That's some wonky motherboard if you have to separate your cards by 3 slots to get them to run at max bandwidth.

Cooking spray eh? That's a new one for me. I'll keep it in mind for next time!

The motherboard slots are a bit frustrating. Originally when I read the manual for the board, it says for crossfire use slots 1 & 3 for x16 speed on both. So I bought the bridge piece that matches that description, but I didn't confirm it physically on the board. The result is that technically, the manual was correct in that the x16 slots are PCIE slot 1 & 3, but physically it's slots 1 & 5.

I wasted $50 bucks on the bridge and links, but I may reuse them in another build. Oh well . . .
post #246 of 313
Just to mention on the silver quick disconnect , I know it must bother you cause it sticks out, but just think of it as the flint that starts the fire! Maybe that will make it more okay smile.gif Cause flint is close to that color haha smile.gif Great build btw, The NAS in the pedastal is brilliant.
Nano Optimus
(13 items)
 
  
CPUMotherboardGraphicsRAM
i7 920@ 4 Msi Big Bang Power X MSI 560TI Twin Frozr II 4gb Crucial Ballistix 1600 
Hard DriveOSMonitorPower
124gb Crucial M4 + 500g Black Cavier+ F3 storag Windows 7 Dell u2311h 1080p Xigmateck 650w 
CaseMouse
Antec 902 modded Zowie EC2 
  hide details  
Reply
Nano Optimus
(13 items)
 
  
CPUMotherboardGraphicsRAM
i7 920@ 4 Msi Big Bang Power X MSI 560TI Twin Frozr II 4gb Crucial Ballistix 1600 
Hard DriveOSMonitorPower
124gb Crucial M4 + 500g Black Cavier+ F3 storag Windows 7 Dell u2311h 1080p Xigmateck 650w 
CaseMouse
Antec 902 modded Zowie EC2 
  hide details  
Reply
post #247 of 313
Thread Starter 
Quote:
Originally Posted by Nano5656;15001892 
Just to mention on the silver quick disconnect , I know it must bother you cause it sticks out, but just think of it as the flint that starts the fire! Maybe that will make it more okay smile.gif Cause flint is close to that color haha smile.gif Great build btw, The NAS in the pedastal is brilliant.

Haha! I love it . . . and I'm stealing it the next time I explain it to someone!
post #248 of 313
Nice setup on the pumps since I hear the mcp 35x can get really hot. Though I would turn that fan the other way to blow air to them as opposed to pull the heat from them. Just my take smile.gif
post #249 of 313
Thread Starter 
Quote:
Originally Posted by wermad;15005992 
Nice setup on the pumps since I hear the mcp 35x can get really hot. Though I would turn that fan the other way to blow air to them as opposed to pull the heat from them. Just my take smile.gif

TBH, I'm torn and will test it each way before I settle on the final orientation of that fan. My concern is that there is no intake in the pedestal - both fans are exhaust - so there would be no fresh air coming Up into the pumps. I'm hoping the fresh air from the front side will be enough to cool them, but the first week I'll be keeping a close eye on them.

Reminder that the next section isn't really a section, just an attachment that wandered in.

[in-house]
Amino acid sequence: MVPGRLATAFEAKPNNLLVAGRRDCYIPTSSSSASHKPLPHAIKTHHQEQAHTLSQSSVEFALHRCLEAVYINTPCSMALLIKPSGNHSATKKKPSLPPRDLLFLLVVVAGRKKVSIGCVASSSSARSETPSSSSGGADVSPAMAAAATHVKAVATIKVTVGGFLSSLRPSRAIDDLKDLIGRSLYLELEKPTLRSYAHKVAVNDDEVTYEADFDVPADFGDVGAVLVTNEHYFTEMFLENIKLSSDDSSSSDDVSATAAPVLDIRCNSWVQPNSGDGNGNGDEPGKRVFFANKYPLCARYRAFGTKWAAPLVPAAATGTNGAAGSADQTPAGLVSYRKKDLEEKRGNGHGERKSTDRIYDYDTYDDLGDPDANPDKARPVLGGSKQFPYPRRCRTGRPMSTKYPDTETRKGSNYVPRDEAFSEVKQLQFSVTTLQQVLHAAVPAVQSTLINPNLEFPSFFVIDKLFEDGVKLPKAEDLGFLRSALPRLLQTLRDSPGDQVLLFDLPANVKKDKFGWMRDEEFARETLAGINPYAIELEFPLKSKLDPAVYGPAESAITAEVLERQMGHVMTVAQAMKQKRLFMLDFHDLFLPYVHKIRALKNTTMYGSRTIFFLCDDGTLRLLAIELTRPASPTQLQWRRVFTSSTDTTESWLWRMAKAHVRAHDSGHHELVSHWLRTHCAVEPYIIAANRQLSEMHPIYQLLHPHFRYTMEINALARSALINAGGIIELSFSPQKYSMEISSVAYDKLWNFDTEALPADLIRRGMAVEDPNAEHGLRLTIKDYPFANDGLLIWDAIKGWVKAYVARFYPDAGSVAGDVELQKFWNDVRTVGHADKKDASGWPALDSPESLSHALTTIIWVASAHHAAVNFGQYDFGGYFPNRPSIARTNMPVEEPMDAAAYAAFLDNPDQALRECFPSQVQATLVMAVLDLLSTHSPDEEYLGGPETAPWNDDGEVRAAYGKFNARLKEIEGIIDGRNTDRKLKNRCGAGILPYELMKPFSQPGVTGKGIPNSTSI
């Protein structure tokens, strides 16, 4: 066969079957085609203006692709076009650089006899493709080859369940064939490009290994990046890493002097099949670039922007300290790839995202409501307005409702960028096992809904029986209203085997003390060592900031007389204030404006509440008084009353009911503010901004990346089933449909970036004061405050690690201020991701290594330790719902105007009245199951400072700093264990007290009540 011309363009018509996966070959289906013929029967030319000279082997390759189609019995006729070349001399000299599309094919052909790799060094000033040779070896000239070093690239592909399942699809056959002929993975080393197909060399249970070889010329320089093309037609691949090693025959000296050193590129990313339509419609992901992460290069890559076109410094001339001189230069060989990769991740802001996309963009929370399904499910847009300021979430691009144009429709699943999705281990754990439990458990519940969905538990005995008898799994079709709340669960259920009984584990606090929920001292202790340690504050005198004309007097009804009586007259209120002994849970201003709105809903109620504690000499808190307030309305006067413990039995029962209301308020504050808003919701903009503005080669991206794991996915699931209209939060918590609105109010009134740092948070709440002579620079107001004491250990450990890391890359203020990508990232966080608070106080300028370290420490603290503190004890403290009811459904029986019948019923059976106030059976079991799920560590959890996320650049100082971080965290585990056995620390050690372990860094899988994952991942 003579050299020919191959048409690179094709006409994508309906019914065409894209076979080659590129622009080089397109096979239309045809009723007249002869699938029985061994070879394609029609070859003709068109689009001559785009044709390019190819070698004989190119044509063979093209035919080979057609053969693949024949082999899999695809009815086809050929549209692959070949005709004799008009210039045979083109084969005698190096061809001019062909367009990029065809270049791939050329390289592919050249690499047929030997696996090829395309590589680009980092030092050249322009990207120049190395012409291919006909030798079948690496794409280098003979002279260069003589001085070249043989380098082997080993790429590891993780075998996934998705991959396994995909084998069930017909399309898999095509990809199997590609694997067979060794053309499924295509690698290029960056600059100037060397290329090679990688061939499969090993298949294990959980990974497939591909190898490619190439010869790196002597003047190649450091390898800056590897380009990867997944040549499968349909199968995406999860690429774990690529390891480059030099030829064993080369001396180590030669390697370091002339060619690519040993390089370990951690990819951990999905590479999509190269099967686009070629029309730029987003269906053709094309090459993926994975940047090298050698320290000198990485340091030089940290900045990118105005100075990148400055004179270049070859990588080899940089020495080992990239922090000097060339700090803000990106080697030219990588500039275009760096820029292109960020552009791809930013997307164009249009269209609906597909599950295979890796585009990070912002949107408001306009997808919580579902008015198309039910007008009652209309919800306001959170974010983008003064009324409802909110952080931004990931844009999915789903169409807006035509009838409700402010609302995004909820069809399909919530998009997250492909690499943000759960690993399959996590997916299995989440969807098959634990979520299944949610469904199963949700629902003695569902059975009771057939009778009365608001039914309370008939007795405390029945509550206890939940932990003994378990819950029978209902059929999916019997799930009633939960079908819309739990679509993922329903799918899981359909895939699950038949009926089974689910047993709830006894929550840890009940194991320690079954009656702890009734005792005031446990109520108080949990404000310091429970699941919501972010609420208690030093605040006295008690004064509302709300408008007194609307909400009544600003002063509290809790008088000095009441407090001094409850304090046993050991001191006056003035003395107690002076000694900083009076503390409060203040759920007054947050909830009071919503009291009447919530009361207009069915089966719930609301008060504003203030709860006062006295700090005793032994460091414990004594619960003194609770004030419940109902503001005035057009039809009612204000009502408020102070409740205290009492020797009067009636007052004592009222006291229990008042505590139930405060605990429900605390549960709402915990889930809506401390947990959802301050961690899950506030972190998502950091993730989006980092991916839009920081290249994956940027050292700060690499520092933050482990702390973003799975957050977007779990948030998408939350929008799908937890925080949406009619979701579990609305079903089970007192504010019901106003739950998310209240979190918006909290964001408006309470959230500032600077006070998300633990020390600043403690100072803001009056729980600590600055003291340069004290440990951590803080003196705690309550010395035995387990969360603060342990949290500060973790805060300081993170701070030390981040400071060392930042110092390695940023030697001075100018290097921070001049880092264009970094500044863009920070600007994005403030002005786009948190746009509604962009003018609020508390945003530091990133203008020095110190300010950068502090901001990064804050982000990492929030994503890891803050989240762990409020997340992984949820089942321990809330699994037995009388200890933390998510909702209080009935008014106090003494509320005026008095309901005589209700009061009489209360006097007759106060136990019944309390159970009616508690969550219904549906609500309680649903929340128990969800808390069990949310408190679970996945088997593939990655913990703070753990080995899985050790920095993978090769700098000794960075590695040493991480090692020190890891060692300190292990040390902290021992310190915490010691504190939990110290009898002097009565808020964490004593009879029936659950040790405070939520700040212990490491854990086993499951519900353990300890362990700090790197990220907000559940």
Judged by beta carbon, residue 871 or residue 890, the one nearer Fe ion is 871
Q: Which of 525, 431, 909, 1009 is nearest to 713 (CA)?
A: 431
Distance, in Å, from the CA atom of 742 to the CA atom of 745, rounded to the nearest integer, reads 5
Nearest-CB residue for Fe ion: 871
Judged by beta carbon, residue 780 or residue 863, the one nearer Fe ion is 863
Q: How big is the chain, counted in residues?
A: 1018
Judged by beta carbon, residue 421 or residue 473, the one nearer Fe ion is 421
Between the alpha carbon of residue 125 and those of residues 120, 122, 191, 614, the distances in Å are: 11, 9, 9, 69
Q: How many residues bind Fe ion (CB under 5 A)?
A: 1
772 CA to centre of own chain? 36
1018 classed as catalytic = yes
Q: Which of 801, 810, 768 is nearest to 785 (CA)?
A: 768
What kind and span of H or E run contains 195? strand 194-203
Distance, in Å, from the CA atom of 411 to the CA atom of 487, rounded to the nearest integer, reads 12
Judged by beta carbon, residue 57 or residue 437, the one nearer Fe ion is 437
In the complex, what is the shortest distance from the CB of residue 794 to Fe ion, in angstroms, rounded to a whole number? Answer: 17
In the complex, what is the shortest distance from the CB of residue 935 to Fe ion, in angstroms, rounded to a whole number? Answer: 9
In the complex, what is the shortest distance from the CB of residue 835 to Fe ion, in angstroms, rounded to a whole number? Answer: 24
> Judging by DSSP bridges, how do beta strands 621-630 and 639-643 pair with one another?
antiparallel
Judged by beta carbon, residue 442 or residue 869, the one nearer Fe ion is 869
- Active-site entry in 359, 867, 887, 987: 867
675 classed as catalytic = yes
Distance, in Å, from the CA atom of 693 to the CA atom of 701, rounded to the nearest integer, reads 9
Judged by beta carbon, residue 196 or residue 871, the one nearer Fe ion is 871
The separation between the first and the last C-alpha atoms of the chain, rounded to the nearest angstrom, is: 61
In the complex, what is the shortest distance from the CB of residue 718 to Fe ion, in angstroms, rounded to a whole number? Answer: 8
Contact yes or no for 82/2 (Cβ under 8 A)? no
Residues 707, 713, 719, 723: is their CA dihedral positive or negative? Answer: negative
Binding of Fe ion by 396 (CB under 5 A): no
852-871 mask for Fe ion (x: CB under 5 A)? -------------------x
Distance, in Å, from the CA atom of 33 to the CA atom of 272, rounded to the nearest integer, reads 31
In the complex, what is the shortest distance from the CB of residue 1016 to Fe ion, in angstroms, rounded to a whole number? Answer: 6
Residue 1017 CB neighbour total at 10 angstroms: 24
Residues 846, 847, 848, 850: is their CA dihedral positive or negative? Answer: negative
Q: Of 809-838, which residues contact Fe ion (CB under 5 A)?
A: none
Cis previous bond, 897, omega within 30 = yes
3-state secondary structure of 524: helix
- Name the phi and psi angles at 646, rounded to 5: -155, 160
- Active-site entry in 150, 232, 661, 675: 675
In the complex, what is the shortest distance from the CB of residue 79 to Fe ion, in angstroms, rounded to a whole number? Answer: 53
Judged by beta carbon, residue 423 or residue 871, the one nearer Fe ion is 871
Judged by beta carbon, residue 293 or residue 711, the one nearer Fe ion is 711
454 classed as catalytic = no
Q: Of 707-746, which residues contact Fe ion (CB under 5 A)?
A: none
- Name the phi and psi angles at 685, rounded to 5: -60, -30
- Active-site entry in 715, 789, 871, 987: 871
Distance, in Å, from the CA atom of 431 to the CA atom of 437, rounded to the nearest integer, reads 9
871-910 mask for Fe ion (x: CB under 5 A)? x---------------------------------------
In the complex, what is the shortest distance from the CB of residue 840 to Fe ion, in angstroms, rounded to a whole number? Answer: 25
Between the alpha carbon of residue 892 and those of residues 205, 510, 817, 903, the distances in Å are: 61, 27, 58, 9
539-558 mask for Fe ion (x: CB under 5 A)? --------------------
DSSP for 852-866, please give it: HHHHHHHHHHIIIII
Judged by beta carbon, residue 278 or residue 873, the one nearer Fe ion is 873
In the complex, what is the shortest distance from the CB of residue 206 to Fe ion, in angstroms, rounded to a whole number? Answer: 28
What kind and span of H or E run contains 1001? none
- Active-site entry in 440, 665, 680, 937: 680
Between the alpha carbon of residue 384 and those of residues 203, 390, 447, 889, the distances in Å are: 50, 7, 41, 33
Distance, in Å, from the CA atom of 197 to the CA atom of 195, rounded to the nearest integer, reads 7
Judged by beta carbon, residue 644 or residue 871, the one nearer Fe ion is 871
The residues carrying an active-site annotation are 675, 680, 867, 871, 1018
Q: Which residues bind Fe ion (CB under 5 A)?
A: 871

Now that I think about it, I'm not sure how to tell if one of the pumps has died or not. I imagine I won't be able to tell by the vibration as the pumps are connected to the same top. I haven't liked any of the flow meters or temp sensor readouts I've seen either . . . Guess I'll have to come up with a flow meter / temp sensor solution for the next phase of upgrades. Thoughts?
post #250 of 313
Quote:
Originally Posted by Bear907;15006675 
TBH, I'm torn and will test it each way before I settle on the final orientation of that fan. My concern is that there is no intake in the pedestal - both fans are exhaust - so there would be no fresh air coming Up into the pumps. I'm hoping the fresh air from the front side will be enough to cool them, but the first week I'll be keeping a close eye on them.

Now that I think about it, I'm not sure how to tell if one of the pumps has died or not. I imagine I won't be able to tell by the vibration as the pumps are connected to the same top. I haven't liked any of the flow meters or temp sensor readouts I've seen either . . . Guess I'll have to come up with a flow meter / temp sensor solution for the next phase of upgrades. Thoughts?

Just plumb the the pumps. Disco one from its power and if you hear noise, reconnect that one and unplug the other. They do have a bit of noise coming from the to let you know if either is working.

btw, you don't have to connect the whole loop, just the reservoir and the pumps should be enough.
New Posts  All Forums:Forum Nav:
  Return Home
  Back to Forum: Case Mod Work Logs
Overclock.net › Forums › Case Mods & Cases › Builds & Case Mods › Case Mods › Case Mod Work Logs › "Fire & Ice" - Case Labs M8 WC'd - Thread revived - final pics to come shortly